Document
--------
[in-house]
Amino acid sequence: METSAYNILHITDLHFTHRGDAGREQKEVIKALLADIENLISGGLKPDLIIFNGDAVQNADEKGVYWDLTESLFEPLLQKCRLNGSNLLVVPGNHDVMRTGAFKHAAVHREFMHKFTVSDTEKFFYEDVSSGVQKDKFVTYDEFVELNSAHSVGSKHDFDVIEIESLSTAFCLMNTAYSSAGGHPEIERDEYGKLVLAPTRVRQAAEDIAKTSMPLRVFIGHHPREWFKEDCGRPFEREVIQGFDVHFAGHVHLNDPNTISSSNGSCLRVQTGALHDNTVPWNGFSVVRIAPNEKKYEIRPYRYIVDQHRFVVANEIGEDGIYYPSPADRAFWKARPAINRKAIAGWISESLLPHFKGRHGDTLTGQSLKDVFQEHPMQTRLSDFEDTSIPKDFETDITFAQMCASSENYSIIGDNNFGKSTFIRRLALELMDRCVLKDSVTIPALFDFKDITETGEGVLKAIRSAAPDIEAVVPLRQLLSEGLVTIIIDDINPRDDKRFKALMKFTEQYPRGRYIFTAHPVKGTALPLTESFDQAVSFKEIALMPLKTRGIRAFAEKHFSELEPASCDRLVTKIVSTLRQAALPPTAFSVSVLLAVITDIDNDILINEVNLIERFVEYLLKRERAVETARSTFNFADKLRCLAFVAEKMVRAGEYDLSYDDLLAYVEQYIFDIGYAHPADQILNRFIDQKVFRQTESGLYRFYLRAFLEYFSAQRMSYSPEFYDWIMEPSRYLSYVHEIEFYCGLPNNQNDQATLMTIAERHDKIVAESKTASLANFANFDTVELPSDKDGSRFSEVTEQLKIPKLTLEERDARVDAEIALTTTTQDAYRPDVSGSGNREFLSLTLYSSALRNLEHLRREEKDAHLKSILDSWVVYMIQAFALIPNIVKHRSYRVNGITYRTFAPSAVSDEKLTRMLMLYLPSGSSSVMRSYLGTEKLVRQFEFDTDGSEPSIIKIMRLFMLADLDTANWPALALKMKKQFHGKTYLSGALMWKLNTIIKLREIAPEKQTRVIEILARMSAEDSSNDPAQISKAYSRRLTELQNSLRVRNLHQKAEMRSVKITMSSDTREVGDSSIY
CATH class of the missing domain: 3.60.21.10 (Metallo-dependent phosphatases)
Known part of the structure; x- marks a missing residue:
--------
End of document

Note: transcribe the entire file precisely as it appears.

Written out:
[in-house]
Amino acid sequence: METSAYNILHITDLHFTHRGDAGREQKEVIKALLADIENLISGGLKPDLIIFNGDAVQNADEKGVYWDLTESLFEPLLQKCRLNGSNLLVVPGNHDVMRTGAFKHAAVHREFMHKFTVSDTEKFFYEDVSSGVQKDKFVTYDEFVELNSAHSVGSKHDFDVIEIESLSTAFCLMNTAYSSAGGHPEIERDEYGKLVLAPTRVRQAAEDIAKTSMPLRVFIGHHPREWFKEDCGRPFEREVIQGFDVHFAGHVHLNDPNTISSSNGSCLRVQTGALHDNTVPWNGFSVVRIAPNEKKYEIRPYRYIVDQHRFVVANEIGEDGIYYPSPADRAFWKARPAINRKAIAGWISESLLPHFKGRHGDTLTGQSLKDVFQEHPMQTRLSDFEDTSIPKDFETDITFAQMCASSENYSIIGDNNFGKSTFIRRLALELMDRCVLKDSVTIPALFDFKDITETGEGVLKAIRSAAPDIEAVVPLRQLLSEGLVTIIIDDINPRDDKRFKALMKFTEQYPRGRYIFTAHPVKGTALPLTESFDQAVSFKEIALMPLKTRGIRAFAEKHFSELEPASCDRLVTKIVSTLRQAALPPTAFSVSVLLAVITDIDNDILINEVNLIERFVEYLLKRERAVETARSTFNFADKLRCLAFVAEKMVRAGEYDLSYDDLLAYVEQYIFDIGYAHPADQILNRFIDQKVFRQTESGLYRFYLRAFLEYFSAQRMSYSPEFYDWIMEPSRYLSYVHEIEFYCGLPNNQNDQATLMTIAERHDKIVAESKTASLANFANFDTVELPSDKDGSRFSEVTEQLKIPKLTLEERDARVDAEIALTTTTQDAYRPDVSGSGNREFLSLTLYSSALRNLEHLRREEKDAHLKSILDSWVVYMIQAFALIPNIVKHRSYRVNGITYRTFAPSAVSDEKLTRMLMLYLPSGSSSVMRSYLGTEKLVRQFEFDTDGSEPSIIKIMRLFMLADLDTANWPALALKMKKQFHGKTYLSGALMWKLNTIIKLREIAPEKQTRVIEILARMSAEDSSNDPAQISKAYSRRLTELQNSLRVRNLHQKAEMRSVKITMSSDTREVGDSSIY
CATH class of the missing domain: 3.60.21.10 (Metallo-dependent phosphatases)
Known part of the structure; x- marks a missing residue: